To bring economies back to growth, children back to school, and parents back to work, lockdowns, restrictions, quarantines — cannot work in the long run.

Our model, rather than locking people down in passive sleep-mode, recruits them to the effort. For example, we asked Israeli families to carry out home-testing of their children so we can keep schools open — and indeed schools stayed open.

The second rule: vaccinate early.

Right from the start, Israelis were quick to get vaccinated. We are in a race against a deadly virus and we must try to be ahead of it.

In July, we were the first to learn that the vaccines were waning — which is what brought a surge in Delta cases. It was then when my government decided to administer a third dose of vaccine — the booster — to the Israeli public.

It was a tough decision, given that at the time the FDA hadn’t yet approved it. We faced a choice to either drag Israel into yet another set of lockdowns, further harm our economy and society, or to double-down on vaccines.

We chose the latter. We pioneered the booster shot.

Two months in, I can report that it works: With a third dose, you’re 7 times more protected than with two doses, and 40 times more protected than without any vaccine.

As a result, Israel is on course to escape the fourth wave without a lockdown, without further harm to our economy. Israel’s economy is growing, and unemployment is down.

I’m glad that our actions have inspired other countries to follow with the booster.

The third rule: Adapt and move quickly.

We formed a national task force that meets everyday, to bypass slow governmental bureaucracy, make quick decisions and act on them right away.

Trial and error is key. Every day is a new day, with new data and new decisions. When something works, we keep it. When it doesn’t, we ditch it.

Running a country during a pandemic is not only about health. It’s about carefully balancing all aspects of life that are affected by corona, especially jobs and education.

The only person that has a good vantage point of all of this is the national leader of any given country. Above all, we’re doing everything in our power to provide people with the tools needed to protect their lives.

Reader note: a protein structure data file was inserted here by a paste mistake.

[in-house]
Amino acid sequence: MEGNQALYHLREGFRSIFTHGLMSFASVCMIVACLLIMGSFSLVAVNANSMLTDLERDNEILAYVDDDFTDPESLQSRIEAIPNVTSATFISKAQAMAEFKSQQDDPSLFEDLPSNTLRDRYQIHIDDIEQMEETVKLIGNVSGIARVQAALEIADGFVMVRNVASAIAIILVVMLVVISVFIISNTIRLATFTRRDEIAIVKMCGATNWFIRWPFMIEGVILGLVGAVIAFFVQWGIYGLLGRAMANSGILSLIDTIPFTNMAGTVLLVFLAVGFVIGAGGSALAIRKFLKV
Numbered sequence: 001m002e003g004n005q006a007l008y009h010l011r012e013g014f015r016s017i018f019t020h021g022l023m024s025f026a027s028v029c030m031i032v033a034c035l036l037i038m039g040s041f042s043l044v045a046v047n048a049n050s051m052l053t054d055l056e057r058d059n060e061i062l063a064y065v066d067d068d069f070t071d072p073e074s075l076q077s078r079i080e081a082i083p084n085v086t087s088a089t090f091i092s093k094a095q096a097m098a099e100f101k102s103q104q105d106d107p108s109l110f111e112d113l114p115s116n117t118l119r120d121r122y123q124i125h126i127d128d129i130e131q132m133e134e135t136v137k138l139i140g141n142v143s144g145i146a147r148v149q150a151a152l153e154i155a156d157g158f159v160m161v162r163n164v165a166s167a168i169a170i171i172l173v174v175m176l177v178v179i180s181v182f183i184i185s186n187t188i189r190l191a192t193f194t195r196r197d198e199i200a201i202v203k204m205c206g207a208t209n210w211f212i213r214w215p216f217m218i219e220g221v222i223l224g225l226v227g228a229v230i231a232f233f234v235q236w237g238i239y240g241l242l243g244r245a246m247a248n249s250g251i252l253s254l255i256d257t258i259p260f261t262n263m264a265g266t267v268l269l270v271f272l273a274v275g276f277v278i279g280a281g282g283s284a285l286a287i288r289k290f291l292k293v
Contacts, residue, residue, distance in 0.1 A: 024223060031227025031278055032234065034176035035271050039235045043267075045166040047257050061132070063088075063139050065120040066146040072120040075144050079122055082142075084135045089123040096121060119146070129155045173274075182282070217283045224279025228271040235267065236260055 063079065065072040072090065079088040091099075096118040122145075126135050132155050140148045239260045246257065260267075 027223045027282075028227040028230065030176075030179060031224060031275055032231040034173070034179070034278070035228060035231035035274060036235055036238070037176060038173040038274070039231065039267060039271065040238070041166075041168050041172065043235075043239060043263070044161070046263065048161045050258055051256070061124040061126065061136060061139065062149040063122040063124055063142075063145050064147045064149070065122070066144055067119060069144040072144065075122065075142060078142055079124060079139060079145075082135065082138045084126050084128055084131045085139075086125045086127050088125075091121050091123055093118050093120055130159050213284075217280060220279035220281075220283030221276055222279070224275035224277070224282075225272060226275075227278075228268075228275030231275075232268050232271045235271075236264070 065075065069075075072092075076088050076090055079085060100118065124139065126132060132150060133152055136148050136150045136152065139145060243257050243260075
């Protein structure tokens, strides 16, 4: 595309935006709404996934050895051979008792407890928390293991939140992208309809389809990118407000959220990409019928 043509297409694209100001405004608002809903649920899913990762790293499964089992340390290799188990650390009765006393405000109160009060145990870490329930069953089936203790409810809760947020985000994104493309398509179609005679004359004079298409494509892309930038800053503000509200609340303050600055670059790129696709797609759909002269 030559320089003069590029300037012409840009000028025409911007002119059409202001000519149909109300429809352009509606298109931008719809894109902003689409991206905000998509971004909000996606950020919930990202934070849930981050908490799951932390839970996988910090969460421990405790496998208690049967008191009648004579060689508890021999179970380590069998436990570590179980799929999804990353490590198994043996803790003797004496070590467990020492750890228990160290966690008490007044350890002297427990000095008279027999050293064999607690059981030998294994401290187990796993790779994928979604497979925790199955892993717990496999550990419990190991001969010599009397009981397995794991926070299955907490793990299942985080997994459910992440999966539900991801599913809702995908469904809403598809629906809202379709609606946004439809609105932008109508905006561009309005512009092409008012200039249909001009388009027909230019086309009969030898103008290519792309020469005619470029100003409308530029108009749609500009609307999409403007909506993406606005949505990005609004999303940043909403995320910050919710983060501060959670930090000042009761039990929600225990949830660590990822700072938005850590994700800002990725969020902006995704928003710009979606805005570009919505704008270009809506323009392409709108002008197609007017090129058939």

The ancient Jewish text, the Talmud, says that “whoever saves one life, is as if he saved an entire world,” and that’s what we aspire to do.

Distinguished delegates,

While Israel strives to do good, we cannot lose sight for one moment of what’s happening in our neighborhood.

Israel is, quite literally, surrounded by Hezbollah, Shia militias, Islamic Jihad, and Hamas. On our borders.

These terror groups seek to dominate the Middle East and spread radical Islam across the world.

What do they all have in common?

They all want to destroy my country. And they’re all backed by Iran. They get their funding from Iran, they get their training from Iran, and they get their weapons from Iran.

Iran’s great goal is crystal clear to anybody who cares to open their eyes: Iran seeks to dominate the region — and seeks to do so under a nuclear umbrella.

For the past three decades Iran has spread its carnage and destruction around the Middle East, country after country: Lebanon. Iraq. Syria. Yemen. And Gaza.

What do all these places have in common?

They are all falling apart. Their citizens — hungry and suffering. Their economies — collapsing.

Like the Midas touch, Iran’s regime has the “Mullah-touch.” Every place Iran touches, fails.

If you think Iranian terror is confined to the Israel — you’re wrong. Just this year, Iran made operational a new deadly terror unit — swarms of killer UAVs armed with lethal weapons that can attack any place any time.

They plan to blanket the skies of the Middle East with this lethal force.

Iran has already used these deadly UAVs — called Shahed 136 — to attack Saudi Arabia, US targets in Iraq and civilian ships at sea, killing a Brit and a Romanian.

Iran plans to arm its proxies in Yemen, Iraq, Syria and Lebanon with hundreds, and then thousands of these deadly drones.

Experience tells us that what starts in the Middle East, doesn’t stop there.


Distinguished delegates,

In 1988, Iran set up a “death commission” that ordered the mass murder of 5,000 political activists.

They were hanged from cranes.

This “death commission” was made up of four people. Ebrahim Raisi, Iran’s new president, was one of them.

Raisi’s also oversaw the murder of Iranian children. His nickname is “the butcher of Tehran,” because that’s exactly what he did — butchered his own people.